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Re: Eight New Middle American Cichlid Genera

Post by Philippe Burnel » Fri Sep 04, 2015 11:50 am

No more point of view about this publication ?
:shock: :shock: :shock:

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Re: Eight New Middle American Cichlid Genera

Post by Rico Morgenstern » Fri Sep 18, 2015 3:50 am

There would be of course a lot to say about this paper, but I thought it was good to let it sink in a little.

Principally, I think it is good that something happens. After years of stagnation and announced papers that never appeared, this publication is doubtlessly a step forward, and be it only for (hopefully) stimulating further works. I have somehow hoped that it can replace the 'gut feeling taxonomy' we have all applied to some extent. I still recommend that even if it is more than obvious that this paper cannot be the last word.The classification per se makes mostly sense in my view (but see comments on each genus below), a number monotypic genera are unavoidable if both monophyly and diagnosability is desired.

However, the work is not without (striking) shortcomings and technical flaws:
- no synonymies for the generic names are given
- type species are, except in the case of Thorichthys, wrongly cited (e.g. the type species of Vieja is Vieja panamensis Fernandez-Yepez, 1969, that of Tomocichla is Tomocichla underwoodi Regan, 1908, even if these names are invalid)
- no authorship and date for included species is given
- examined specimens are misidentified, fortunately only within the clades/genera (including two figured ones: fig. 5 is Paraneetroplus nebuliferus, not P. bulleri, fig. 7 is Nosferatu pantostictus, not N. steindachneri)
- all diagnoses are very superficial, some even contradictory or altogether useless (we must of course acknowledge here that, if it was that simple to define Middle American cichlid genera, we have had a stable classification for years now)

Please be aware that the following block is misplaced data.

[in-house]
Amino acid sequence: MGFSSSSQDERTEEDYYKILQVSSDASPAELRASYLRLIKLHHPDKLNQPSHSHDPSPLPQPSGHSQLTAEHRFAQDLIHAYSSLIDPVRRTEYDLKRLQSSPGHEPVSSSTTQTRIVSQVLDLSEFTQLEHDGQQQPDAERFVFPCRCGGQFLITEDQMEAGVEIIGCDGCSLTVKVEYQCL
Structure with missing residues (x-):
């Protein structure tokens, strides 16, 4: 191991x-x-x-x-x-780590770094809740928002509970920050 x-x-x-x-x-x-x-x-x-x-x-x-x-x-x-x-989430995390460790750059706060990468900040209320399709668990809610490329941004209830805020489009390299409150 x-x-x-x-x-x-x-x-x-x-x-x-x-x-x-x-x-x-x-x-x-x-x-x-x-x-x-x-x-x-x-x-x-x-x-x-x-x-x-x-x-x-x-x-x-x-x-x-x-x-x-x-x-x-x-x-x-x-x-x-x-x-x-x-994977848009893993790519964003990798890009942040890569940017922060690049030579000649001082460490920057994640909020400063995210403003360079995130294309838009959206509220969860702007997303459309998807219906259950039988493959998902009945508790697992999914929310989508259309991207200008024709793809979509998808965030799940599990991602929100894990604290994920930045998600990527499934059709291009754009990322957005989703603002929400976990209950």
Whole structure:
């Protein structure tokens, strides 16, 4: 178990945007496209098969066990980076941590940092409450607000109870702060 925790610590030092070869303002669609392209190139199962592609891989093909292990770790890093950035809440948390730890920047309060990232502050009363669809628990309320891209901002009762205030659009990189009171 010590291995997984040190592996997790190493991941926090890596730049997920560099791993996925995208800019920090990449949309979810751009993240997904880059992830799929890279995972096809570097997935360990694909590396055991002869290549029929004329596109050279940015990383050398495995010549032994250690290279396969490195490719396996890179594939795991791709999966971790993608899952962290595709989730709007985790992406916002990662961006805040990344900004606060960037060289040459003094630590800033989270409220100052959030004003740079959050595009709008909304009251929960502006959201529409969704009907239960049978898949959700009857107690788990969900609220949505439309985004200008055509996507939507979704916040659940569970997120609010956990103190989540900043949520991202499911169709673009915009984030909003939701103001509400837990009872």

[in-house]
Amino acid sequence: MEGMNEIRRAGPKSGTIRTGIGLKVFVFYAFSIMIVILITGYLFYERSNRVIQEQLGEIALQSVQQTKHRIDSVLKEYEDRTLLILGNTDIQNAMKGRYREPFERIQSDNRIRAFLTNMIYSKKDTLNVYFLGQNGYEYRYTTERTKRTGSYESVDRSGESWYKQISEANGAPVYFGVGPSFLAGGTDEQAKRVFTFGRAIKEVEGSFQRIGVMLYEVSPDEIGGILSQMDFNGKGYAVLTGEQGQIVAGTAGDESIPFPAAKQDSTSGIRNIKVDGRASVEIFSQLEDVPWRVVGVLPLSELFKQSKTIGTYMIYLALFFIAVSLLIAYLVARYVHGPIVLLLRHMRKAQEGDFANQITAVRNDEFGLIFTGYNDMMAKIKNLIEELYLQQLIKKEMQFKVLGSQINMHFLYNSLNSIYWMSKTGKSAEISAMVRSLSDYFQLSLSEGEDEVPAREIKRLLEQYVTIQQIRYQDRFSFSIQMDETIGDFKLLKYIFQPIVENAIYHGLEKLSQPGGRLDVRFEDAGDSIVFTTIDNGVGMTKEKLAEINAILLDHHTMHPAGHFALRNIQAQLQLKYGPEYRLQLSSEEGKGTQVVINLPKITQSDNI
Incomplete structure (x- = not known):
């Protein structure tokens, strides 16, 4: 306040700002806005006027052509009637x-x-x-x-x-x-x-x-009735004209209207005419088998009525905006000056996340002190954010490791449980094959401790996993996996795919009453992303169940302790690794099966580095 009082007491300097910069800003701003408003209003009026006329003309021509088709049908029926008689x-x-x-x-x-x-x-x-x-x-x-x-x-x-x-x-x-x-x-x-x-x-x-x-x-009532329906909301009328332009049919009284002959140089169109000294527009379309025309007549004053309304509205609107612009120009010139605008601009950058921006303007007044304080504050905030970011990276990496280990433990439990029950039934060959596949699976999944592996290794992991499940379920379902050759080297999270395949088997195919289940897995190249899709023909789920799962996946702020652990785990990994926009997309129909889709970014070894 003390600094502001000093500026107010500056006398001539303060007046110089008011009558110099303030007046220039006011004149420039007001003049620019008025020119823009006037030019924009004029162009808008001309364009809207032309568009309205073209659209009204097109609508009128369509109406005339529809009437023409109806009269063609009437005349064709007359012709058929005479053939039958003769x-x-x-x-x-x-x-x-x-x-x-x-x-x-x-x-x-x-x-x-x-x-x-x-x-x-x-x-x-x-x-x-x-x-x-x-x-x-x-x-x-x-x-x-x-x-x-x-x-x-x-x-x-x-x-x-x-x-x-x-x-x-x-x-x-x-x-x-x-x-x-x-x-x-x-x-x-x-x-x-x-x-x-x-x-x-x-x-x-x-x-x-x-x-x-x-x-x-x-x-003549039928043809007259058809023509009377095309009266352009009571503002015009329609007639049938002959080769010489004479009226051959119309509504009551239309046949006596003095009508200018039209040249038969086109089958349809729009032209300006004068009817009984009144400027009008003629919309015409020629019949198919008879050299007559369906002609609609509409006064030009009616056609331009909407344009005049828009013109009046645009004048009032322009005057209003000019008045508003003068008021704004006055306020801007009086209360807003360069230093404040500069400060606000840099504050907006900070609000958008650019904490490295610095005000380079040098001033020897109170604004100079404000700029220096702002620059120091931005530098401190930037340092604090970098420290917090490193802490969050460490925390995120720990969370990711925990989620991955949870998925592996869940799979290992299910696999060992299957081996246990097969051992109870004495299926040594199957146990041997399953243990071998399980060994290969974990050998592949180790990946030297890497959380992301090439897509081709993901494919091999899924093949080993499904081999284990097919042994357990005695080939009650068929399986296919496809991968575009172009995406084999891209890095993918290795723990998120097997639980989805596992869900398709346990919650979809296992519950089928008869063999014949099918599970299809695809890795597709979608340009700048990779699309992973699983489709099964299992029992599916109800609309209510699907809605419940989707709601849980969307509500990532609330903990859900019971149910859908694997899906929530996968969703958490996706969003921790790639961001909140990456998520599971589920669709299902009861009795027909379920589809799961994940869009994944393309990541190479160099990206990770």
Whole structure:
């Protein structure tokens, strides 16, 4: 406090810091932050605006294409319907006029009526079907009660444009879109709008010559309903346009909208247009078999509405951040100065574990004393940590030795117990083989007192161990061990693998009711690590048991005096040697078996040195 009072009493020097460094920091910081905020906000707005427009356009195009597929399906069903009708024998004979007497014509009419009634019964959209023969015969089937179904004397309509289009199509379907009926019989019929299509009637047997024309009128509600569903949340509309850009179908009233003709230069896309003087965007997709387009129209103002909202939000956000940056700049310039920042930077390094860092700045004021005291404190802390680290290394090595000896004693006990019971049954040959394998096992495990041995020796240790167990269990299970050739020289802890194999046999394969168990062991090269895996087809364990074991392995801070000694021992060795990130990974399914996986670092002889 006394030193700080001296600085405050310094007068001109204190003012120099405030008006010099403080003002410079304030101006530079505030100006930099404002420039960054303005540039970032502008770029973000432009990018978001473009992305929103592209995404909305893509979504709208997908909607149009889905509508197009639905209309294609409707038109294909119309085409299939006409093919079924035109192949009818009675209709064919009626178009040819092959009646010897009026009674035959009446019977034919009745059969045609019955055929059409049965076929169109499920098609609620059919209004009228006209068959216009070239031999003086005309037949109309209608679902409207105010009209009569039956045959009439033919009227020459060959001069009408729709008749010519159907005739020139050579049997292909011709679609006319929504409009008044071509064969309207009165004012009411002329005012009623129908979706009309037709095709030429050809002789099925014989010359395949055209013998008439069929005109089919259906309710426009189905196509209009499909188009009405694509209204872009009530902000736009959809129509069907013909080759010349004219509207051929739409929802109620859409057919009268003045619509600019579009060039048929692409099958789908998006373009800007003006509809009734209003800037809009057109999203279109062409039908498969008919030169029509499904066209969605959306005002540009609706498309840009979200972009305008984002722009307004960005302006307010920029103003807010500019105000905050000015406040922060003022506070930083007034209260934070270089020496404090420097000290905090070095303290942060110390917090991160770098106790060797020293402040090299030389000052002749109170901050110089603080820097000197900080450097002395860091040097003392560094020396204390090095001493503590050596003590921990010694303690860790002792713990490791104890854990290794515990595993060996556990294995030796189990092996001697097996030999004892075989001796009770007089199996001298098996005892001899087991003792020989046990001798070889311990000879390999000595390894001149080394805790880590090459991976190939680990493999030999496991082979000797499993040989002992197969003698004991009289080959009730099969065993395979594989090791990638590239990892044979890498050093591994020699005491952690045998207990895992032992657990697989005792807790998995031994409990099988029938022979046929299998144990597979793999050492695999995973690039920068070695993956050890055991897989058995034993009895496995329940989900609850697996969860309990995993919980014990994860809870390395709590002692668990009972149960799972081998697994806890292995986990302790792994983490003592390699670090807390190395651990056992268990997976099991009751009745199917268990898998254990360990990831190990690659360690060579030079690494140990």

- no proper discussion of generic characters takes place
- in the key, four mandibular pores are indicated for Thorichthys, five for all other herichthyines, the opposite is correct.

Alltogether, my impression of the paper is that it has been cobbled together in a great hurry. The diagnoses largly rely on color pattern characters and could have be considerably improved had such features been properly homologized rather than just superficially described. Also other characters (dentition, shape) should have been more carefully analyzed to identify synapomorphies. It casts a strange light on the responsible editors and reviewers that such a half-baked and partly flawed paper comes to publication.

Vieja, Paraneetroplus and Maskaheros: these genera fall together in most previous molecular phylogenies, and their monophyly needs further corroboration. They are, however, well diagnosable by phenotypic characters. Exclusion of Vieja maculicauda from the group of species now placed in Vieja (= Paratheraps in the sense of the CRC catalog) is certainly not warranted. It has been consistently recovered as sister species of V. melanura across all datasets. Observations of color patern ontogeny readily indicate that it has the same downward-shifted longitudinal stripe than other species of the genus, it just becomes more reduced.

Herichthys and Nosferatu: Still I find the separation at the generic level not fully convincing due to the fact that the diagnoses presented by De la Maza & al. (2015) do not hold for all species included in each genus. However, a proper definition for Herichthys sensu lato is lacking as well.

Theraps: A split of Theraps in the sense of McMahan & al. (2010) is certainly justified, since that assemblage is morphologically highly heterogenous. There is apparently not a single character that would link all species included. A restriction to a smaller clade was therefore expected. However, the new diagnosis is just useless. A statement like "All species possess bodies that are longer than deep....." is simply ridiculus even if obviously meant here in the sense of "all species are rather elongated than deep-bodied". The former Chuco species are not separable from Vieja by body proportions. Likewise, they have more or less terminal mouths. Maybe a restriction of Theraps to T. irregularis and T. nourissati and revalidation of Chuco for the other three species could improve diagnosablity.